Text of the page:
2002 News Briefs
January 8: No Child Left Behind signed
President Bush signs into law the No Child Left Behind Act of 2001, a sweeping reform bill with provisions that include school choice and teacher certification. The law also increases federal dollars to public schools, with Chicago receiving an additional $25 million.
January 22: Lake View school's roof buckles
Nettelhorst Elementary's 480 students are sent temporarily to other schools after the roof over the Lake View school's third-floor gym collapses overnight. Although the Board of Education has replaced roofs on 331 schools since 1996 through its Capital Improvement Plan, some groups complain that the Board has no plan in place for routine inspections to guarantee the safety of students.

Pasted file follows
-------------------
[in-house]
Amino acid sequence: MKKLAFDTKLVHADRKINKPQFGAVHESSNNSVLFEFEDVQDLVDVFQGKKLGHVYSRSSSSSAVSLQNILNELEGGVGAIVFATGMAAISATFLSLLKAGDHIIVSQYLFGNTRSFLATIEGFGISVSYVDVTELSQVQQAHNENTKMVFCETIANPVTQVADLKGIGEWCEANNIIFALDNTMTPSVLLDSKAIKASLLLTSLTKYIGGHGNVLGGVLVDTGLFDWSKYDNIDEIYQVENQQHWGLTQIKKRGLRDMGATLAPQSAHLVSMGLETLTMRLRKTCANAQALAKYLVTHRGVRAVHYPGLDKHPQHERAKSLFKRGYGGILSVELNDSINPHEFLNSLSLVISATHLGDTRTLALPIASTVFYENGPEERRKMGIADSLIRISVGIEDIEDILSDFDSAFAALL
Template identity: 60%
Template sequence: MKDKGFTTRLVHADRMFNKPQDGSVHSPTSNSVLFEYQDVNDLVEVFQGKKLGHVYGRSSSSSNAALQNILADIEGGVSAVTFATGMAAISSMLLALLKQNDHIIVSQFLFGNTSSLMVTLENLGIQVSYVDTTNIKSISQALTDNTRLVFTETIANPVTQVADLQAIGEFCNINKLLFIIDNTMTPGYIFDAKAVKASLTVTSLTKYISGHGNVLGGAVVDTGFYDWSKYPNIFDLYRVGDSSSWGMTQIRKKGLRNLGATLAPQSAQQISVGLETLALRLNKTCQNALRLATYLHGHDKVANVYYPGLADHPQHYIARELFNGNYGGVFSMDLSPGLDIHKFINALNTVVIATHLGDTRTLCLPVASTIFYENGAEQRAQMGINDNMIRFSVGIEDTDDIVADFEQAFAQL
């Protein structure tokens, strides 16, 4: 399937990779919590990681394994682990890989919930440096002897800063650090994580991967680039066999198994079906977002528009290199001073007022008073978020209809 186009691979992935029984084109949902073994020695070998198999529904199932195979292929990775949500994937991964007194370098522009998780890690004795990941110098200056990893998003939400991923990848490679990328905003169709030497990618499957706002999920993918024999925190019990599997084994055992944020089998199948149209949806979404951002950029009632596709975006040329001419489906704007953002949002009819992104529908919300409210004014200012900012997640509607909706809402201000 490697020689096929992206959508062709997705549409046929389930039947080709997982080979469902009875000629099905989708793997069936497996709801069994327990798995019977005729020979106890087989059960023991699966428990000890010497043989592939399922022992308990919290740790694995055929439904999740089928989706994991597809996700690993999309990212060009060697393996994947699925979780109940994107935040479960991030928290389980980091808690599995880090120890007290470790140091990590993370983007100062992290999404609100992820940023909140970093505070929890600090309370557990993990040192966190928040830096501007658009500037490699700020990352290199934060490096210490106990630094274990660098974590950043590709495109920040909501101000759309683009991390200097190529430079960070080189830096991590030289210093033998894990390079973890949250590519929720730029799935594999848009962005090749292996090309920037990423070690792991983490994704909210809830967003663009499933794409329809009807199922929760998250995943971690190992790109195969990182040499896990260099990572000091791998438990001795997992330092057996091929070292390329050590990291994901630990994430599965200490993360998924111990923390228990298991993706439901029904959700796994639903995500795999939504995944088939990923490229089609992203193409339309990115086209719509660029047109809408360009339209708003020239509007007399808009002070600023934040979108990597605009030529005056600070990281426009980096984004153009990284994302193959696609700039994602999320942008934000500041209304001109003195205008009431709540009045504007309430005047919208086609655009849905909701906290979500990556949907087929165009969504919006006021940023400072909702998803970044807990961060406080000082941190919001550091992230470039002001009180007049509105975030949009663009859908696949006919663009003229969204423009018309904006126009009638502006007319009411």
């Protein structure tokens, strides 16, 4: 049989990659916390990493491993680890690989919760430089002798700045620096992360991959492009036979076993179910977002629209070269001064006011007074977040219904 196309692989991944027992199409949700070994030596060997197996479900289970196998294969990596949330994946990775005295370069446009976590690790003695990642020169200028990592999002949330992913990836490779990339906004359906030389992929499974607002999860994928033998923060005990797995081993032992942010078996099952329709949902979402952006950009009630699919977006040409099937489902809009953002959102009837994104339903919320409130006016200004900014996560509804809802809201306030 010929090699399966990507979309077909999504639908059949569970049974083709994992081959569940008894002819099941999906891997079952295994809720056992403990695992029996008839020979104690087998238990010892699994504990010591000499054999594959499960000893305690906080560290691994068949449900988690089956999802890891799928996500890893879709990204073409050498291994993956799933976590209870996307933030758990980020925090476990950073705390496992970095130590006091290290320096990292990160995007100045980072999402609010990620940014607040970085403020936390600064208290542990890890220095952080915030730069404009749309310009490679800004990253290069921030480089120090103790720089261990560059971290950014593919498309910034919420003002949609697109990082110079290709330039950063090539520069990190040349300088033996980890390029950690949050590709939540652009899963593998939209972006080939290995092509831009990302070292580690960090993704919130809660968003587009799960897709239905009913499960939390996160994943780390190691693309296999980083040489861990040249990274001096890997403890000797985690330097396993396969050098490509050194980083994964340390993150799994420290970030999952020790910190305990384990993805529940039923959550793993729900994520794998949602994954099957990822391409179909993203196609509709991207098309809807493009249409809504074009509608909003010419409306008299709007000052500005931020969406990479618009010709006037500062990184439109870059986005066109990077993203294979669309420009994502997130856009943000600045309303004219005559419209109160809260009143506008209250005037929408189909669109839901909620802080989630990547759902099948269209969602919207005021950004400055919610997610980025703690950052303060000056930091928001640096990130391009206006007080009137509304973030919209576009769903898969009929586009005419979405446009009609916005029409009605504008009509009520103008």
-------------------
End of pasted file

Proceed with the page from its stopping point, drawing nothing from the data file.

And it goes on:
February 27: CPS to cut jobs
Schools chief Arne Duncan announces plans to cut as many as 80 jobs, mostly administrators and clerks, at the Board of Education's central office. Duncan pegs the savings at $8 million. A week earlier, Duncan had estimated that CPS would lose $23.8 million under the state education budget proposed by Gov. George Ryan for the 2002-03 school year.
March 27: LSC disbanded
The school board declares an educational crisis and moves to disband the local school council at Wendell Smith Elementary, on the grounds that the council's infighting hurts the school's learning environment. The board has used its power to declare educational crisis three times previously, at Prosser High in 1995, Hale Elementary in 1996, and Zapata Elementary in 1999.
March 27: Charter to close